Common Leadership Mistakes and How to Avoid Them

Author Russell H Ewing once said, “A boss creates fear, a leader confidence. A boss fixes blame, a leader corrects mistakes. A boss knows all, a leader asks questions. A boss makes work drudgery, a leader makes it interesting. A boss is interested in himself or herself, a leader is interested in the group.” 

Becoming a leader in a workplace comes with responsibilities, not just an opportunity to exercise your new authority on others. You’re in charge of managing the team, fostering collaborative efforts, and keeping morale up when things get hard, busy, and stressful in your department. 

If you want your company to grow, then your employees and team members must also have room to grow. Providing them with opportunities to learn, work together, and take pride in the work that they do, will drive successful results and numbers in the long run. If one team member is underperforming, it’s your job to figure out the reason for it and do everything you can to make sure they have the tools and resources they need to succeed. 

As John Quincy Adams said, “If your actions inspire others to dream more, learn more, do more and become more, you are a leader.” 

Here are a few mistakes many people make and how to fix them when confusing the term “boss” with “leader” in the workplace. 

Not Accepting Your Failures 

Arnold H. Glasow said, “A good leader takes a little more than his share of the blame, a little less than his share of the credit.” 

A good leader needs to stand up for their team and not let their ego get in the way of their shortcomings. Having a know-it-all personality doesn’t leave room for new ideas or innovative solutions. Employees need to know that failure is a part of the job, no matter what level of management you’re at. What matters is how you recover from failure. 

Show your team humility, don’t gloss things over or hide the mistakes that you make. We are all human, and it allows your team to better connect with you as a mentor if you can work through it together. You must walk the talk to show your team that you mean businesses and that you’re all in this together. 

Avoiding Conflict Situations 

If there is a discrepancy or rough patch amongst your team, it’s your responsibility to confront it head-on, not avoid it and let the situation grow out of hand. Take time to listen to all sides of the issue, don’t take sides, and don’t lay the blame on any particular party. Instead, look for solutions that will fix the problem and open the communication channels amongst you and your team.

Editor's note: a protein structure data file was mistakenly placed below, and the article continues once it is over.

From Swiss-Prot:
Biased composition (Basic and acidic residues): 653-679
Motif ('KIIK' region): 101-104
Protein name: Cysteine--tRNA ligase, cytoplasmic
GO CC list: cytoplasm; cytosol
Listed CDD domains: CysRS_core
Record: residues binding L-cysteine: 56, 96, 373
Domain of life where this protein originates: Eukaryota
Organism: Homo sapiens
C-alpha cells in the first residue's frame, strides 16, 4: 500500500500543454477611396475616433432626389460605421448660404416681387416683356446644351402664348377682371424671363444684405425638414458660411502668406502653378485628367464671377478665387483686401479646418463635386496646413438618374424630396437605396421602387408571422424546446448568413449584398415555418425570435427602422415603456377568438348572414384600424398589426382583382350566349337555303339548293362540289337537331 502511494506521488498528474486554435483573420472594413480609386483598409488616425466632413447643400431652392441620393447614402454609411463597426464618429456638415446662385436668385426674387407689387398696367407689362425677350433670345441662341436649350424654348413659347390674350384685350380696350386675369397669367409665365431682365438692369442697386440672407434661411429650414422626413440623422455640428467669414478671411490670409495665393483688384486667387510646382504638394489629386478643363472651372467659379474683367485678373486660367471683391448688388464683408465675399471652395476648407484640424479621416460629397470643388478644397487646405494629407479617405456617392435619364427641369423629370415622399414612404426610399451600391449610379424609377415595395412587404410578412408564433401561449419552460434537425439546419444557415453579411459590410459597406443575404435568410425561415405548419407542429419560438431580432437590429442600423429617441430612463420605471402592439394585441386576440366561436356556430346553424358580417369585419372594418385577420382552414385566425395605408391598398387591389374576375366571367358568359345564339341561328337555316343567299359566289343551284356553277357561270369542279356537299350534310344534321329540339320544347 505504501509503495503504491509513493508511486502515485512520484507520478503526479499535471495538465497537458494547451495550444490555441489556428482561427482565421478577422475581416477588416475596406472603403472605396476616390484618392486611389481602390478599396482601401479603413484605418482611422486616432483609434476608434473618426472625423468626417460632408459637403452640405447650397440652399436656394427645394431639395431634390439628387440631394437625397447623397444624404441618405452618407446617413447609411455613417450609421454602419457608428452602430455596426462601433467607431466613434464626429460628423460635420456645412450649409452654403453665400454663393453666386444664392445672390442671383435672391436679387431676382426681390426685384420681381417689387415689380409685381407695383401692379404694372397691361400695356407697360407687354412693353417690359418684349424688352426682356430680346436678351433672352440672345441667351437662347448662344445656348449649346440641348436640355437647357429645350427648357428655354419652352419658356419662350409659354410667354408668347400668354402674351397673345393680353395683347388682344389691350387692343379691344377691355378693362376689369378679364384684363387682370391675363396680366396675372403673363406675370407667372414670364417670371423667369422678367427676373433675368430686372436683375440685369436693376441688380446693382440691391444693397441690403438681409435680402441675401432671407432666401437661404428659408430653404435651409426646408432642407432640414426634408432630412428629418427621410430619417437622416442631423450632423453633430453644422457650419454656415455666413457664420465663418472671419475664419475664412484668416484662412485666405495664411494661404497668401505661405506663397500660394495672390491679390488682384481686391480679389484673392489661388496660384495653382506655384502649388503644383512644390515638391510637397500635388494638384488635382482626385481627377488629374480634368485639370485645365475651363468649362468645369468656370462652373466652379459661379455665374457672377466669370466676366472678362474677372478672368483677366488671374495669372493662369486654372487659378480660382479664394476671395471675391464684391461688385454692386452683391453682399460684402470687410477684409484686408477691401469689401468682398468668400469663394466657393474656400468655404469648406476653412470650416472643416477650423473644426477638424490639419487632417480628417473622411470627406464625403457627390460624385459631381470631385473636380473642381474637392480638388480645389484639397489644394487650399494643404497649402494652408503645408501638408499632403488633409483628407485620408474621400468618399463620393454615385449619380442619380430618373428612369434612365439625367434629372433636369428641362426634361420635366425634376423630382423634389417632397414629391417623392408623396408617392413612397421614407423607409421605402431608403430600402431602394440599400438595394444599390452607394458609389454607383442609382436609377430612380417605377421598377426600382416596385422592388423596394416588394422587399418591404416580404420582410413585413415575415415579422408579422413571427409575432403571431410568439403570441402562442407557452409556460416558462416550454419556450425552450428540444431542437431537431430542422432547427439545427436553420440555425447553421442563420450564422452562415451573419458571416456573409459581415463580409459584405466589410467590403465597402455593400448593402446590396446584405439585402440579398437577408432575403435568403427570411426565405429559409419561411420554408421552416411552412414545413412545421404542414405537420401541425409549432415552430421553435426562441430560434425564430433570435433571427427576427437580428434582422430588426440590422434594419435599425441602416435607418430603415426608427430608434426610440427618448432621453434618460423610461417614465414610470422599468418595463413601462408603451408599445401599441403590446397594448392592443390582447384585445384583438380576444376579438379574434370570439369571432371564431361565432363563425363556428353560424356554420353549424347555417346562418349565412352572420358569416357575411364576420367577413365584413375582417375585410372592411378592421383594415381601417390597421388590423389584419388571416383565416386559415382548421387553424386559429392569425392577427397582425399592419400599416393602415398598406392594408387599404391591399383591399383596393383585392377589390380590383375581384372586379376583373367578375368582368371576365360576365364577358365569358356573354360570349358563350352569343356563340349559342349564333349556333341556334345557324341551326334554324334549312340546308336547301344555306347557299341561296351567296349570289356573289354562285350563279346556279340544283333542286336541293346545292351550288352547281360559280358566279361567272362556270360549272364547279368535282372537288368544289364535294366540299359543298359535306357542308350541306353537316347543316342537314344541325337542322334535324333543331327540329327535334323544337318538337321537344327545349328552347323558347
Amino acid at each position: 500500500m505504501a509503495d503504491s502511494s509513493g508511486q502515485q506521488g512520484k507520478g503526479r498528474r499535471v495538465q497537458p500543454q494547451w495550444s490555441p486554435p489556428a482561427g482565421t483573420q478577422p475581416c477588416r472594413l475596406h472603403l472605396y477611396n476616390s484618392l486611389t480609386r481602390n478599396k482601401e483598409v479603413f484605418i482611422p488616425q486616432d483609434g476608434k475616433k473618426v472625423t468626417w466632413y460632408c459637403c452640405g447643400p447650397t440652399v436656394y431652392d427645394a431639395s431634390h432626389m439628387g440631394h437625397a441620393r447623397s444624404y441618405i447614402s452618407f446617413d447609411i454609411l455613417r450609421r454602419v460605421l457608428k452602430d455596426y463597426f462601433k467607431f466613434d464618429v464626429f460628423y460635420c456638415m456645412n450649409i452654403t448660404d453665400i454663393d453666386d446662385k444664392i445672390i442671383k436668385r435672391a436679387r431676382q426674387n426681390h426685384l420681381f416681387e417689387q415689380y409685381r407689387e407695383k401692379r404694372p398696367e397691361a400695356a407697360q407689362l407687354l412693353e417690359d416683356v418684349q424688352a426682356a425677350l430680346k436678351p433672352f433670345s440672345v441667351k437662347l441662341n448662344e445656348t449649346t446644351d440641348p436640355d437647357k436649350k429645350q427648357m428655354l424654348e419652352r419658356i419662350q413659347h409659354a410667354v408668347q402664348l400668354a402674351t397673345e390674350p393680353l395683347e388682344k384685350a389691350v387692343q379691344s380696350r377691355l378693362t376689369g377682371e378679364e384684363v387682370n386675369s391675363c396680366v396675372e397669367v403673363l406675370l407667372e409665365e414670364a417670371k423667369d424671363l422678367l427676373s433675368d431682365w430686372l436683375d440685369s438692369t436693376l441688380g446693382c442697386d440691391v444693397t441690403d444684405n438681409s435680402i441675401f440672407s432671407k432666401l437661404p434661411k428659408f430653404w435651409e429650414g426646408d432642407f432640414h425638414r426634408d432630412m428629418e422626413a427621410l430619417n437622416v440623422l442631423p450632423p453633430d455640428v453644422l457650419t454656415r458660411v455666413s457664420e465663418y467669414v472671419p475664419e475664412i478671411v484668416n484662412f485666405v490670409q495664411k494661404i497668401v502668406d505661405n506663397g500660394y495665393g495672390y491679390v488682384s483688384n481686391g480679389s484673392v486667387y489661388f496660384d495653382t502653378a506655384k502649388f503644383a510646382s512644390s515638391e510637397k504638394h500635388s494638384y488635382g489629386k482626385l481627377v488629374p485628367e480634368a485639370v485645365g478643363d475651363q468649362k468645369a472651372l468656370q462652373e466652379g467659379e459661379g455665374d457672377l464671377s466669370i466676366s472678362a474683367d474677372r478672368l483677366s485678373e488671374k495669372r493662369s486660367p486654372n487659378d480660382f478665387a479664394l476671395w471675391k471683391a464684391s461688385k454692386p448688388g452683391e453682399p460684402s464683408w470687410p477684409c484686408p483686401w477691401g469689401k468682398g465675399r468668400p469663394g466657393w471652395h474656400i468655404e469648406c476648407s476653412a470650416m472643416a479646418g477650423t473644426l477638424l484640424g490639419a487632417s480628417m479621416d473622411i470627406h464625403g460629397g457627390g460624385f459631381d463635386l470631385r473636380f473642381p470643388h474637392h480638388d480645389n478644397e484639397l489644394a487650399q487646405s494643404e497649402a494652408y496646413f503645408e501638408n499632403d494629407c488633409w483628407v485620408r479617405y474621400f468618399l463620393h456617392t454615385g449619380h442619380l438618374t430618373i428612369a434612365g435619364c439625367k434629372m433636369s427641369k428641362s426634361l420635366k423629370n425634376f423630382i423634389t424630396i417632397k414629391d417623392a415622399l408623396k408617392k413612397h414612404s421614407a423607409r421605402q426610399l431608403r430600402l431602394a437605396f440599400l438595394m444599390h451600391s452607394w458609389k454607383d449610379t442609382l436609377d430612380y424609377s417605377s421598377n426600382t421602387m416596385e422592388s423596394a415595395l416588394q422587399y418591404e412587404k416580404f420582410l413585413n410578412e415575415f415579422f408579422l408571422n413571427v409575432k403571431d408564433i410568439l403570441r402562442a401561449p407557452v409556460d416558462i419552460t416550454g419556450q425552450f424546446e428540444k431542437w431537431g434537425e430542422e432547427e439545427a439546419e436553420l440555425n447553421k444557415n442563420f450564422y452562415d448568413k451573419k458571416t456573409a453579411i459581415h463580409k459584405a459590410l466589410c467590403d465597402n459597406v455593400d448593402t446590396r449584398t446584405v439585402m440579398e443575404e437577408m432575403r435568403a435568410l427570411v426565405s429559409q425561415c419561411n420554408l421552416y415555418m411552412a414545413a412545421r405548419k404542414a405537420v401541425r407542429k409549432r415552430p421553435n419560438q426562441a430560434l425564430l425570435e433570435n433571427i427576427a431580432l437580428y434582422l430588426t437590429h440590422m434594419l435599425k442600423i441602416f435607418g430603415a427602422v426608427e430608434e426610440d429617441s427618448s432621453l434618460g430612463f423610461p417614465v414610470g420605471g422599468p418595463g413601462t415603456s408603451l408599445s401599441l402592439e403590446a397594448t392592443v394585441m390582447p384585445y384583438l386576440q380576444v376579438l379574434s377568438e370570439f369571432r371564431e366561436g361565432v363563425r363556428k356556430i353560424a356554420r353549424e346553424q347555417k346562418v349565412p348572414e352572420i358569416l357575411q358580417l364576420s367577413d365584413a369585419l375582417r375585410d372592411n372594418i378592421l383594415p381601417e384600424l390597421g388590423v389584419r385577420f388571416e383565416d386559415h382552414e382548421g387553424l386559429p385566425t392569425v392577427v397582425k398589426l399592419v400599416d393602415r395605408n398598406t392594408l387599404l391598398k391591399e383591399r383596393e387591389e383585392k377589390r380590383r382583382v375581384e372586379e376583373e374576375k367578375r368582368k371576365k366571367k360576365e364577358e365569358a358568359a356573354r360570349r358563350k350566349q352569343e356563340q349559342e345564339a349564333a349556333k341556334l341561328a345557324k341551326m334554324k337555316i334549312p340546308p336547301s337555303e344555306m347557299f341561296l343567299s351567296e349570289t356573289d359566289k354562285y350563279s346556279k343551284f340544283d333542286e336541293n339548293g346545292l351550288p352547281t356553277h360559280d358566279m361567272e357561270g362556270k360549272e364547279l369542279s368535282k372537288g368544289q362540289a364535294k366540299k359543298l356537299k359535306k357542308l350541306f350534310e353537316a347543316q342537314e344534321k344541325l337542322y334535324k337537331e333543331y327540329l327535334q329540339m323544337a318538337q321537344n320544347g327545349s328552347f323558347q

Not Having Faith In your Team 

“Outstanding leaders go out of their way to boost the self-esteem of their personnel. If people believe in themselves, it’s amazing what they can accomplish,” Sam Walton. 

Many leaders micromanage, avoid delegating tasks, or complete their employee’s work when it falls short of standards. This creates a cycle of bad habits for your team, not completing work to the best of their abilities, and also adds a pile of work to your already towering list of to-dos. Take the time to provide your team with feedback, positive and negative, and arm them with the knowledge they need to challenge the next project and complete it successfully. When they do succeed, let them know it. Working alongside them to ensure your team is working together and feeling empowered in their positions will set them up for success and allow them to thrive within the company.

Being Too Friendly 

While you want your team to know that you’re approachable and transparent, you’re also there to make the tough decisions, not be everyone’s friend. It’s crucial to manage and balance the fine line of friendship and leadership to maintain a level of authority, while also showing your team that you care and want to get to know them on a level that surpasses small talk.

Hurrying the Recruitment Process 

It’s important to recognize when your team is stretched too thin, and you need to make a new hire. Being proactive in this, and looking ahead to find a candidate that will fit with your team, while also bringing with them new qualifications that will take your business to the next level will be extremely beneficial to all parties involved. Making a quick hire can be detrimental to your team, company, and the success of your projects while wasting time on both ends. Look at the workload of your team and proactively begin your search before you know you’ll need to make the hire. This way, you can gain a candidate that will enhance your team and take on the workload that is required.

Not Believing In Yourself 

You were given this position because someone else had faith that you were ready for the responsibility, and you would thrive in the role. If you don’t have faith in yourself, neither will your team. Gain their trust, be honest, and be confident that you’re meant to be in a position of influence.

If you feel you have more to learn, feel free to contact us, and we will guide you through an extensive leadership training course that will assess your personality and work preferences, before giving you the tools you need to become the ultimate leader within your company! 

Contact us to book your free consultation today – your future starts now!

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